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Increases in Summer Precipitation Would Enable Oak Woodlands to Spread into Semi-Desert Grasslands in the Southwestern United States and Adjacent Mexico
Weltzin, J.F. and McPherson, G.R.  2000.  Implications of precipitation redistribution for shifts in temperate savanna ecotones.  Ecology 81: 1902-1913.

Climate models generally predict that the world of the future will be warmer and wetter than it is currently.  The earth's present position within the historic non-CO2-forced millennial-scale oscillation of climate also suggests that warmer and wetter conditions may well be the norm in years to come.  In addition, the direct biological effects of atmospheric CO2 enrichment tend to mimic a warming and moistening of the environment (plant optimum temperatures and water use efficiencies both rise).  Hence, it is important to know what such phenomena portend for the future of the planet's many ecosystems; and the study of Weltzin and McPherson is one attempt to obtain such knowledge for a specific portion of the globe.

What was done
At an oak savanna site in southeastern Arizona, the authors established a number of experimental plots, which were isolated from ambient precipitation and soil moisture, that they hand-watered between July 1994 and October 1996 in accordance with the long-term (30-year mean) characteristics of natural precipitation there and 50% additions and subtractions from the winter and summer precipitation regimes.  In mid-July of 1994 and 1995, they also planted 49 Quercus emoryi acorns in each plot, after which they monitored seedling emergence and survival.

What was learned
In the words of the authors, "summer precipitation was most important for Q. emoryi seedling emergence and early establishment," with differences in recruitment ranging from 1.5- to 3-fold greater in the wet summer regime than in the dry summer regime.  They noted that this result was in harmony with the results of several other studies, where "establishment of other woody plants within arid and semi-arid grasslands has been attributed to intra to interannual periods of above average precipitation or soil moisture."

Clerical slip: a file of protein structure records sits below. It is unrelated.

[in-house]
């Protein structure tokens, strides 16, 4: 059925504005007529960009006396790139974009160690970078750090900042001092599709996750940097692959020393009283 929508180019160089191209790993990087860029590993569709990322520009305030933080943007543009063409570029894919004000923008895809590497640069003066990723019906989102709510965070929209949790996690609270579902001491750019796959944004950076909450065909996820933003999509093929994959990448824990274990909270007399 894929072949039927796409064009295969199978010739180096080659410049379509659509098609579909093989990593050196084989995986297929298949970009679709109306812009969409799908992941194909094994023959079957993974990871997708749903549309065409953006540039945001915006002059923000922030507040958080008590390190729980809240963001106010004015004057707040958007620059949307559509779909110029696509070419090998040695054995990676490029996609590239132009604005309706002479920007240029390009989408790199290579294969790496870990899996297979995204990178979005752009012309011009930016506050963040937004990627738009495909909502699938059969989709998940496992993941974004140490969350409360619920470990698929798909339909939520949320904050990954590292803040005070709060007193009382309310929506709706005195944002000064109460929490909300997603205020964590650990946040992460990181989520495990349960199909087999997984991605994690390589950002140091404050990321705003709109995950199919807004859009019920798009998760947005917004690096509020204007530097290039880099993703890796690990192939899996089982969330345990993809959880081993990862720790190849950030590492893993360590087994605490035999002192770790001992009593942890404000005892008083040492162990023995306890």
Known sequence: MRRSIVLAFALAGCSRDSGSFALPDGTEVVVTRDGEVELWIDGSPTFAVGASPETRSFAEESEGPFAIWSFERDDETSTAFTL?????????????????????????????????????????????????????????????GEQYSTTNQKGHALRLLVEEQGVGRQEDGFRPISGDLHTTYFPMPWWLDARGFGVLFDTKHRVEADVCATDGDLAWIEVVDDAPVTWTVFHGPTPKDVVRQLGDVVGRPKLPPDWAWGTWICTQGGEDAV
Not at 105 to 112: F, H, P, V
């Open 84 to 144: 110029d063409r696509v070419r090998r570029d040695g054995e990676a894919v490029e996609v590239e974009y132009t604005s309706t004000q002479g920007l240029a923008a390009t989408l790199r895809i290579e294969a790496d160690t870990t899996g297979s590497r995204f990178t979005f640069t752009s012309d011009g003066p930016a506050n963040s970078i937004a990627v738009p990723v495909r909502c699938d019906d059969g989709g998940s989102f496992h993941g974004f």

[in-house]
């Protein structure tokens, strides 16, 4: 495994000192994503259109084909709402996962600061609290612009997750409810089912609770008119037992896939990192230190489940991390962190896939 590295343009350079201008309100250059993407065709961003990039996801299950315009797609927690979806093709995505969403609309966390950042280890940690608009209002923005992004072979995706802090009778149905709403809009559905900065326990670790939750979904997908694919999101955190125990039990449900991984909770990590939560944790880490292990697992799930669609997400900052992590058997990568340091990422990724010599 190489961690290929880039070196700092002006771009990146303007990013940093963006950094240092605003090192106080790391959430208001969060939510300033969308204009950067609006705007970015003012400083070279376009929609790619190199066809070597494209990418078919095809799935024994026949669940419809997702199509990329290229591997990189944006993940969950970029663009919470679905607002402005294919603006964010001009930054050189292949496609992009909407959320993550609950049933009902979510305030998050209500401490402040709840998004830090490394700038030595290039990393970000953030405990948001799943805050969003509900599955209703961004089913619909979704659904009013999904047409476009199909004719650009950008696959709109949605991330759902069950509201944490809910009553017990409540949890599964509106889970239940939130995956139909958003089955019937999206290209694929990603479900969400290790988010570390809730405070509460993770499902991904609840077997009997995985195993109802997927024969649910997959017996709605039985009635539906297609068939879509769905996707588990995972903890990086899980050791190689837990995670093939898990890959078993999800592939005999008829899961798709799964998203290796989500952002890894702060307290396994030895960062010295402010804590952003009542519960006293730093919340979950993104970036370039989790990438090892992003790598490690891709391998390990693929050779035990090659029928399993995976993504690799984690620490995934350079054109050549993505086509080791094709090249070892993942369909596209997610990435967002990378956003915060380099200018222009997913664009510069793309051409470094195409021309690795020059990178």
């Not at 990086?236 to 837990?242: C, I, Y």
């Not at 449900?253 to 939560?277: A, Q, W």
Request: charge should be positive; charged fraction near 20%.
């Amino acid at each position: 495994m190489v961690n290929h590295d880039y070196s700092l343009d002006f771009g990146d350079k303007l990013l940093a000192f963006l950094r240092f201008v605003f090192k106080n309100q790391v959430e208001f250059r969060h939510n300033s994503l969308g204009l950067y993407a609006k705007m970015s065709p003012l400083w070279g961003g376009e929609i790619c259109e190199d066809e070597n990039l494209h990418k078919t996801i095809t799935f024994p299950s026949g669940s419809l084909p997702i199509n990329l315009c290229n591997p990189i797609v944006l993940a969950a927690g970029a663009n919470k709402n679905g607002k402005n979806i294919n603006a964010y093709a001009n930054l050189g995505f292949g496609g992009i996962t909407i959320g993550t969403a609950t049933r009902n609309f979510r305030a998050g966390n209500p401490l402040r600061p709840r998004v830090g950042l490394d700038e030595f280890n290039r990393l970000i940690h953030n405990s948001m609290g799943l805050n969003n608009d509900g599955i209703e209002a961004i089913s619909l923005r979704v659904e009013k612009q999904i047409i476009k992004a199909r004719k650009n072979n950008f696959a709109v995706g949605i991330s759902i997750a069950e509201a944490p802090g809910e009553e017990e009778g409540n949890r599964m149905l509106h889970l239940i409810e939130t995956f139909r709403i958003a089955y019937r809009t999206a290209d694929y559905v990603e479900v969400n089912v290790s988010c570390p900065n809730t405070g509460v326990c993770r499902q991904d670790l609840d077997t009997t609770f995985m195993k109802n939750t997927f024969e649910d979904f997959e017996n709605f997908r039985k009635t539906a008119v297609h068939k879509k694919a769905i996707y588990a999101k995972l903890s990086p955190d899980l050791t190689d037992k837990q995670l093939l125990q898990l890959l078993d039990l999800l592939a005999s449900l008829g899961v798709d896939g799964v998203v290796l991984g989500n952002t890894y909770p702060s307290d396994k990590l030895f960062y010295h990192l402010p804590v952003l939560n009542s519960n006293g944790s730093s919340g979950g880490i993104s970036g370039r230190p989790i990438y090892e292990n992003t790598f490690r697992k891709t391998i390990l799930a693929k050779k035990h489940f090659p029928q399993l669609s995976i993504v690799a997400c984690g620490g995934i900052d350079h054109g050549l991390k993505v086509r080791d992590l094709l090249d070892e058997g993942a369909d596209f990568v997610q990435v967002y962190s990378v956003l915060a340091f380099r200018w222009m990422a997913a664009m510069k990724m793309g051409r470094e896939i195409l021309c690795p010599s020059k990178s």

What it means
With so many theoretical predictions and observational trends suggesting that the world of the future will be warmer and wetter - or effectively so, due to the direct biological effects of atmospheric CO2 enrichment - the results of this study and the others it cites suggest that woody species, such as oak trees, will gradually expand onto arid and semi-arid grasslands where they presently do not grow and successfully reproduce.  As further support for this conclusion, the authors cite the work of McClaran and McPherson (1995), "who concluded that the last downslope shift in this ecotone, which occurred 700-1700 yr BP, coincided with a period of particularly high summer precipitation in the region (i.e., the Medieval Warm Period, 645-1295 yr BP)."  Perhaps this is why we are already seeing this transformation of the planet on every continent of the globe on which woody plants grow [see Trees (Range Expansions) in our Subject Index].

McClaran, M.P. and McPherson, G.R.  1995.  Can soil organic carbon isotopes be used to describe grass-tree dynamics at a savanna-grassland ecotone and within the savanna?  Journal of Vegetation Science 6: 857-862.